7. Refine/implement and adjust. Based on results obtained from initial prototypes or pilots, make necessary refine­ments to the idea either to enhance it further or to address limitations observed. This could enable course corrections in the initial idea based on the detailed understanding of the technology and the business scenario of application that was developed during the prototyping process.

  8. Explore the potential of ecosystem partners (e.g., customers, partners, research organizations, suppliers). The commercial success of an innovation is not just dependent on the ability of an organization to deliver on its own capabilities in time but also on the capability and willingness of its partners to deliver the complementary innovation capabilities. Thus, it is important to identify and work with the key partners who are part of the particular disruptive technology journey from inception to delivery and adoption by customers. It is important to identify and focus on the necessary ecosystem partners required to bring a disruptive technology innovation to market as part of the innovation management process.

  9. Launch and market test. Once fully developing the first version of the idea, launch it internally (or in the market) and test for viability and adoption.

  10. Scale if successful or shelve/change course if unsuccessful. Success and early customer adoption of an innovation require the organization to scale up to meet customer demand vertically in volume and horizontally in depth of functionalities/services offered in order to capitalize on initial success. This requires being ready with the appropriate organizational structure, talent, culture, and tangible/intangible capabilities to enable scalability of the innovation. At the same time, most innovations fail to become market successes due to various reasons, such as bad timing, lack of supporting innovation ecosystems, and an inability to deliver or attract customers. Based on initial market response, it is critical to go back and review from a strategic perspective the vision and business outcomes expected to see if it is worth continuing with the innovation or if course changes are required. Change of direction could include a review of the value proposition and the customer need it serves, finding new application areas, changes in the busi­ness model, or finding new collaborators to strengthen market position and relaunch in a more commercially acceptable configuration or design approach.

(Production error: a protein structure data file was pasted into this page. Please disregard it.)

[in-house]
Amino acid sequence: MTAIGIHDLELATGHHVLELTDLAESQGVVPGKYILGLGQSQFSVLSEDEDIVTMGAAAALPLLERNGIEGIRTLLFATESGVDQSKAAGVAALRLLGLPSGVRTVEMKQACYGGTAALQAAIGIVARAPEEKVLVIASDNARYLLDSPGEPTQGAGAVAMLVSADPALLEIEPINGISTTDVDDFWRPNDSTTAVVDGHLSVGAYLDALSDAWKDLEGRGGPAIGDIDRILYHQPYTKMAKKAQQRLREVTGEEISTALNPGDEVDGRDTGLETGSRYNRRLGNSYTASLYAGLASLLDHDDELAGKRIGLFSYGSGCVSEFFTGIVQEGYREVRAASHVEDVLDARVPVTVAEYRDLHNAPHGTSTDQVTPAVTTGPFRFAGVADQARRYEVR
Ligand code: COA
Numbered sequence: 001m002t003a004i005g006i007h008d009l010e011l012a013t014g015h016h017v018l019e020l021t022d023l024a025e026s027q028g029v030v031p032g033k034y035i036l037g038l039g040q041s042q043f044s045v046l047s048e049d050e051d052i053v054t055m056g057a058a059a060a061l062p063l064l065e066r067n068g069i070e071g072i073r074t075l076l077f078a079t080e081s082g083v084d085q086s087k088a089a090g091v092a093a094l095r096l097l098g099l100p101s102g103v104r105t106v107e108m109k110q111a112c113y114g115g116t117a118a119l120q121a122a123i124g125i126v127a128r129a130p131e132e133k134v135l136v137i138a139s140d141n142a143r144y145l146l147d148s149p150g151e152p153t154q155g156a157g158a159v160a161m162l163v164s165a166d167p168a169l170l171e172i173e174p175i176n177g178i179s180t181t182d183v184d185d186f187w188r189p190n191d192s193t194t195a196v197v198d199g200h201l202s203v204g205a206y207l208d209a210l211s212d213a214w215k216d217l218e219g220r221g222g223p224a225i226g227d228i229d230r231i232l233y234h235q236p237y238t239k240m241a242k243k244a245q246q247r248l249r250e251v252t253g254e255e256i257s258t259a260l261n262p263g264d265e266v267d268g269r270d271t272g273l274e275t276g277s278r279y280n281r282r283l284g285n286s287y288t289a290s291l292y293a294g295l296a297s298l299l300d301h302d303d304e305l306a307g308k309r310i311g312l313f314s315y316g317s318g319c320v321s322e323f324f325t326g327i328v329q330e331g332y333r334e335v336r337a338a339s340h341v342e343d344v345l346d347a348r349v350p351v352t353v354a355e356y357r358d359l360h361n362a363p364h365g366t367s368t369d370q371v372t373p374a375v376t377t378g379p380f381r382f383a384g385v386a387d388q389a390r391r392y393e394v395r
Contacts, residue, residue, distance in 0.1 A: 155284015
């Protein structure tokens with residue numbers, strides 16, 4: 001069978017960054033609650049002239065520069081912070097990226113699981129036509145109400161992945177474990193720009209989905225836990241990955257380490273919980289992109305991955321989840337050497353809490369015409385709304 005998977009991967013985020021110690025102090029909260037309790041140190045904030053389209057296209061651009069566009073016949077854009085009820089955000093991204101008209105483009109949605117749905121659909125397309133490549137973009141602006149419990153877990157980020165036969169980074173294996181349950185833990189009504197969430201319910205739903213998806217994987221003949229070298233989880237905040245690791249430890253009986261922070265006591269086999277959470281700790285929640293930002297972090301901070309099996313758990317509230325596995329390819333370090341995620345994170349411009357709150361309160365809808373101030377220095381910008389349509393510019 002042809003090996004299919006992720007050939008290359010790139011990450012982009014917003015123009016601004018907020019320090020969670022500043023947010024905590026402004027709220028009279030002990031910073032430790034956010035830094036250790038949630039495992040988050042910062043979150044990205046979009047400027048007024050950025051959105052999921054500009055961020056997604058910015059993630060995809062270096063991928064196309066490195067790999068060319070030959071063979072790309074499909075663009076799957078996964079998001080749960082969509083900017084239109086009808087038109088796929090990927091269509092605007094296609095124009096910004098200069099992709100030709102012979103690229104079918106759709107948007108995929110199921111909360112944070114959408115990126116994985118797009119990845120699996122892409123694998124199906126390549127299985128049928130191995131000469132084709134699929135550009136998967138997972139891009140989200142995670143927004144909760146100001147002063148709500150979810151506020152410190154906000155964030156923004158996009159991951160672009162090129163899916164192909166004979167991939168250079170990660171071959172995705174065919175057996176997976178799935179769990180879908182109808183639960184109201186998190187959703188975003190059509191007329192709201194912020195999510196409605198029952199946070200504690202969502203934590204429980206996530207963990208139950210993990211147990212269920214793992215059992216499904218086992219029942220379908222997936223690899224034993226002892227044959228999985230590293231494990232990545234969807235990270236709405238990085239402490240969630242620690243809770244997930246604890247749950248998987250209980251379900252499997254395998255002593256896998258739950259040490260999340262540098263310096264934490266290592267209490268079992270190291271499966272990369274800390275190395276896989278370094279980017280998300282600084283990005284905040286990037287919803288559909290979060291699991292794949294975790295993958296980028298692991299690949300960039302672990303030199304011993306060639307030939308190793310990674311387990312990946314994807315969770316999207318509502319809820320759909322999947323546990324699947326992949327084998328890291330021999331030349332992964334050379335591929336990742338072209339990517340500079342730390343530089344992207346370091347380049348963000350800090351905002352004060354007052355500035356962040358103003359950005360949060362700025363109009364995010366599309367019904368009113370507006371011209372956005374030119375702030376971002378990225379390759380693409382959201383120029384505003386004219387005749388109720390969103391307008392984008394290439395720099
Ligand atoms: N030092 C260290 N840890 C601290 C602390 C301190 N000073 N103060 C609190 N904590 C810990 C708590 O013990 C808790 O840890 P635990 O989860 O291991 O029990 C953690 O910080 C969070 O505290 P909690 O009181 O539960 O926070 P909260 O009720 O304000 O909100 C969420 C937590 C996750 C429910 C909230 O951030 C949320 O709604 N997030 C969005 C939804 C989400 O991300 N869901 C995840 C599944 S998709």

11. Manage change. Reconfigure organizational structures, value chains, culture, and other internal capabilities to facilitate adoption of the innovation in the organization.

[For more from the author on this topic, see “The Innovator’s Imperative.”]

About The Author

Lekshmy Sasidharan's picture

Lekshmy Sasidharan is a business technology strategy consultant with over 14 years’ experience in the IT industry. She has worked in the areas of enterprise architecture, IT strategy, IT rationalization, legacy optimization, and M&A. Based in Chennai, India, Ms. Sasidharan has delivered consulting engagements for various Fortune 500 clients across the US, the UK, Europe, Australia, and India. Her current areas of interest include business... Read More